Does Australian Football Need A Relegation System?

Australia, it's time to look to Europe.

The A-League is stronger than ever but it's not perfect yet. There are three main issues.

  • The first issue is that teams are concentrated too much in our big cities. Four of the 10 current clubs are in Sydney Melbourne. The league is talking about expansion, yet five of the six bids are also from Sydney and Melbourne.
  • Meanwhile, Queensland only has one professional team and Tasmania doesn't have one. Another worrying statistic is only two A-League clubs out of 10 are based in regional areas.
  • There aren't enough clubs offering young Australian footballers the opportunity to play professional football at the highest level.
  • A professional second division would offer these youngsters the chance to prove themselves against experienced professional footballers.
  • But perhaps the biggest issue is the lack of a promotion/relegation system which exists in the top European leagues.
  • As things stand now, there is not enough of a disincentive to stop teams finishing on the bottom of the A-League ladder. Nor is there enough of a chance for up-and-coming teams in lower divisions to get a shot at the professionals.

But one man is trying to change all that with a proposed new second tier professional competition called "The Championship" -- which takes its name from England's second division of football.

Four of the A-League's ten teams come from Sydney and Melbourne. Photo Credit: AAP

Former A-League chief Archie Fraser is the Head of The Championship bid. He sees it as an opportunity to bring professional football to other parts of the country.

"We very much see it as a national competition, that shouldn't just be Sydney, Melbourne-centric and I think that's an important part of what we would like to create."

Under Fraser's vision, The Championship would be a second tier national football competition which would sit one level below the A-League.

Right now, the nearest thing Australian football has to a second tier below the A-League is a competition called the National Premier League.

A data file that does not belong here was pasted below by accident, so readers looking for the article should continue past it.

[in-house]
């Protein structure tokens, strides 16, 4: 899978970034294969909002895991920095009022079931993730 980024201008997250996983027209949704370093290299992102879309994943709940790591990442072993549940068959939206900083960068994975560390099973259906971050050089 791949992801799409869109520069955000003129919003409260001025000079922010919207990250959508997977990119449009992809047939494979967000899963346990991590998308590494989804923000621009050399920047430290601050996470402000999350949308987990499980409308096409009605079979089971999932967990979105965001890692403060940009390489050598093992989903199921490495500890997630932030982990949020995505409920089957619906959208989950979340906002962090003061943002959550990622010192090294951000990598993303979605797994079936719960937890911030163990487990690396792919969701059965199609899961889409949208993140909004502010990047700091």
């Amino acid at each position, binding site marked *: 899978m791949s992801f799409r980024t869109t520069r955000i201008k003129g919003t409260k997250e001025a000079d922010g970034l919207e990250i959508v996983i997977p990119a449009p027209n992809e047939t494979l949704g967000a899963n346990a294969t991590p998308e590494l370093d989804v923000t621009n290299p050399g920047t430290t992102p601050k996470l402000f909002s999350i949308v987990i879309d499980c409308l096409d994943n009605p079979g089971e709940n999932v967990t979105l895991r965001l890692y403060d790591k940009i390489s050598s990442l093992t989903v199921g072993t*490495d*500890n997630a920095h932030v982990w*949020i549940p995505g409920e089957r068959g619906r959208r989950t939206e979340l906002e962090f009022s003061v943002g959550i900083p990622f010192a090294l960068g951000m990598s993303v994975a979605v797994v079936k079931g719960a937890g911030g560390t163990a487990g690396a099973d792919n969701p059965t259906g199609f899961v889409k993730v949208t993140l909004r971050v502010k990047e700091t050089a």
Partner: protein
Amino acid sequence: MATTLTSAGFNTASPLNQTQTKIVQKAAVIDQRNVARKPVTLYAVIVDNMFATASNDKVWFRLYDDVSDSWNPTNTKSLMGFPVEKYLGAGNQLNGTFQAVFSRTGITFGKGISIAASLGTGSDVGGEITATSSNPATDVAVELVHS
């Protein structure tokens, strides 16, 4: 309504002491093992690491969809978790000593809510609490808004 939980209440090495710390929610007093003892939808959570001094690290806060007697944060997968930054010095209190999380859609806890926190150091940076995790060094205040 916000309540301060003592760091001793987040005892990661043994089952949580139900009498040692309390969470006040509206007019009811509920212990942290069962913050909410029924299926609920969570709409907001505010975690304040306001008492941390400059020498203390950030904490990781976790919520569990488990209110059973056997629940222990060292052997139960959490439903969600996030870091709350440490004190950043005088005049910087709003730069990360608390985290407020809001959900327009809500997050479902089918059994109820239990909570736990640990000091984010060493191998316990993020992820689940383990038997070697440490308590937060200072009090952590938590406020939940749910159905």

Unlike the NPL however, The Championship would be fully professional. After a teething period of a few years or so, the league would evolve to be part of a relegation and promotion system with the A-League.

The Association of Australian Football Clubs argues the lack of professional football clubs around Australia is causing a paucity of top-level Australian talent. It's a difficult sentiment to argue with. Out of the Socceroos players based in the top five European leagues, only Daniel Arzani started his career with an A-League club. 

Under one proposed rule of The Championship, teams will have at least 50 percent of their squads aged 25 or younger. This will allow more young Australian footballers to experience the professional game and its standards.

"It will give a lot more opportunities for younger guys to hone their skills and therefore get contracts both here and internationally."

There are of course questions over funding. The A-League has seen attempted regional franchises such as the North Queensland Fury fail before. Fraser, however, doesn't believe that'll be a problem due to the fact many of the clubs interested in joining the Championship already run and fund themselves in the National Premier League.

North Queensland Fury and Gold Coast United both failed to become long-term fixtures in the A-League. PHOTO CREDIT: AAP

“I think that a number of the clubs that have expressed interest have their own stadiums which they’ve got control over. They know what it costs to operate, they're still safe, still secure, still can deliver the integrity of the game, but I don’t think we’ve got the cost problem the A-League clubs have got.”

There is also the question of the quality of football. In this year's FFA cup, four clubs in the quarter finals were from outside the A-League. Two of the A-League sides in the competition, including one of the league's biggest sides, Melbourne Victory were knocked out by National Premier League sides.

APIA Leichhardt knocked Melbourne Victory out of the FFA Cup earlier this year. Photo Credit: AAP

This is of course different from a league format, where consistency is required to succeed and not one-off upsets. This is why a second division would need time to catch up. With A-League clubs currently contracted to play in the league until 2034 however, there's time for the Championship to raise its standards.

This will need to happen before relegation and promotion between the two divisions could be considered, however, Fraser believes it would benefit Australian football as a whole when and if it's brought in.

“I look all round the world and I see the excitement that takes place in every league where there’s promotion and relegation and I believe the aspiration that allows in football and the natural aspiration that football has all around the world adds to the excitement of the game.”

There's a long way to go before we see a second division in Australian football. But after a turbulent year that's seen failed A-League expansion bids, three different Socceroos coaches and yet more VAR controversies, it may just add the right sort of excitement back into the beautiful game.

Feature Image: AAP

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